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UB Gender Week wraps up with violence against women symposium

Students and faculty hold conversation about solutions to domestic violence

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Kari Winter, director of UB’s Gender Institute, said it’s more important than ever to have a conversation about misogyny.

“When we began planning this symposium, we had no idea that we were on the cusp of an outbreak of some of the most vulgar, misogynistic discourse ever witnessed on the public stage of American presidential politics,” Winter said.

This was just one of many topics discusses during last week’s Gender Week. The Gender Institute’s fall symposium was the final event of the week and took place in Clemens Hall on Friday. The symposium featured seven different speakers, which included UB faculty and community leaders. The audience was made up of primarily women with only four men in attendance.

UB provost Charles Zukoski opened the symposium. He said UB has a responsibility to educate the next generation about gender related issues.

“Symposiums like this bring together our scholars, students and community members to advance our agenda of improving quality of life for citizens of Western New York,” Zukoski said.

Winter said one in three women and one in four men in the United States have been victims of domestic violence, emphasizing that nearly one in twenty people per minute are physically abused. In one year, this equates to nearly ten million women and men, Winter said.

“[Domestic violence] is a human problem and we all need to work together to create peace,” said David Castillo, director of the UB Humanities Institute.

Nadia Shahram, attorney and women’s rights activist, discussed how certain religious practices perpetuate misogyny and violence against women. In countries like Iran, which has an Islamic government, laws perpetuate discrimination against women, according to Shahram.

Shahram does not think religions are inherently misogynistic. She emphasized certain practitioners of religion may be misogynistic, but said that is not reflective of the religion as a whole.

The next speaker, Elizabeth Gerhardt, a professor of theology and social ethics at Northeastern Seminary in Rochester, N.Y., discussed how religion could become part of the solution to domestic violence and said religious leaders have a responsibility to speak out against domestic violence.

“The loudest voices in [the Christian community], should be saying ‘this is a crime,’” Gerhardt said.

Religious leaders are graduating from seminaries without courses on violence against women and are therefore “not equipped” to face the problem, according to Gerhardt. She said implementing such courses is a crucial step to addressing domestic violence.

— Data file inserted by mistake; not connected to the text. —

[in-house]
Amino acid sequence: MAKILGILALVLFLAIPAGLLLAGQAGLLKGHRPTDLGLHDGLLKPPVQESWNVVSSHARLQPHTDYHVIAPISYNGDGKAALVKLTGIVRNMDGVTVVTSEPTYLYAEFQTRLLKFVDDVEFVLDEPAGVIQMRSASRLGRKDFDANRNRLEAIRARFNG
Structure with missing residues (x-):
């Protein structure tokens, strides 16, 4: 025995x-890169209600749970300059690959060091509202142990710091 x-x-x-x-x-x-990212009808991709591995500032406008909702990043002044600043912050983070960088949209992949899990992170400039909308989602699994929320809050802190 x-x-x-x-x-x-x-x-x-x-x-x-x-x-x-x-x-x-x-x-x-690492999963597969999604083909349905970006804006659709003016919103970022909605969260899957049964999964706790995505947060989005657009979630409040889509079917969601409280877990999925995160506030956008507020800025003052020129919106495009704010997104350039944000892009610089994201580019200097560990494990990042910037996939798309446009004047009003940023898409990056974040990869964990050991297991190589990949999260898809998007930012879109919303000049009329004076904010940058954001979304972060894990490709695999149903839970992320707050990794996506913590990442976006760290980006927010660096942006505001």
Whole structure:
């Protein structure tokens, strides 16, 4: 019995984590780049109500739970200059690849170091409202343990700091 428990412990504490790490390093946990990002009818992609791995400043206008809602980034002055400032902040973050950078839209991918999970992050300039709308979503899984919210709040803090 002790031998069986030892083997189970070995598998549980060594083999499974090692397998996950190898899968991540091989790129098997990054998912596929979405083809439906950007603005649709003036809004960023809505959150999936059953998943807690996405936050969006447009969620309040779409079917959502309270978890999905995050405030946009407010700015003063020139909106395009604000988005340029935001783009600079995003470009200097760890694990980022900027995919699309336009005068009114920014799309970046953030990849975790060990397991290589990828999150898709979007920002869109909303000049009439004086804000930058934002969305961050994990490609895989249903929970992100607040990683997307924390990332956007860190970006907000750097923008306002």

Gerhardt also highlighted supporting community programs and holding perpetrators of domestic violence accountable.

Satpal Singh, professor of pharmacology and toxicology at UB, discussed the role that men play in addressing violence against women. He said men have a responsibility to stand up for their mothers and daughters. He also discussed the need for a “cultural change.”

Singh believes that although political dialogue “reinforces” misogynistic beliefs, people are speaking out against this rhetoric.

“The [current] political discourse is terrible, but the response tells us we are making progress,” Singh said.

Iman Ismael, a leader from Masjid Al-Eiman Mosque in Buffalo, also believes religion plays a large role in domestic violence.

“People think in Islam it’s OK to [commit violence against women] and that’s where I come about and I speak about this from the Quran and Islam itself and say, well, culturally and religiously this is not accepted,” Ismael said.

April Arman is a clinical social worker and president of Resources and Help Against Marital Abuse (RAHAMA), a non-profit organization that aids victims of domestic violence. She said the organization helps all women regardless of faith, but specializes in helping Muslim women.

The Buffalo community demonstrated a need for domestic violence resources specifically geared towards Muslim women, according to Arman. She said Muslim women and children have unique needs, as well as language and cultural barriers and that they often don’t want to seek help outside of the Muslim community.

“There are so many barriers to women getting help, we wanted to remove one of those,” Arman said.

RAHAMA provides a variety of services for victims including safety planning, educational outreach, counseling, support groups and transitional housing, Arman said.

The symposium speakers participated in a brief question and answer session where they were asked about specific ways to raise awareness about domestic violence.

Shahram said attorneys have to go through domestic violence training and Arman said RAHAMA has done trainings for family courts and Child Protective Services. Singh thinks UB should establish formal sexual violence response training.

“If this is something you’re passionate about…speak up. The more we bring it up, the more we talk, the more we effect and bring about change,” Gerhardt said.


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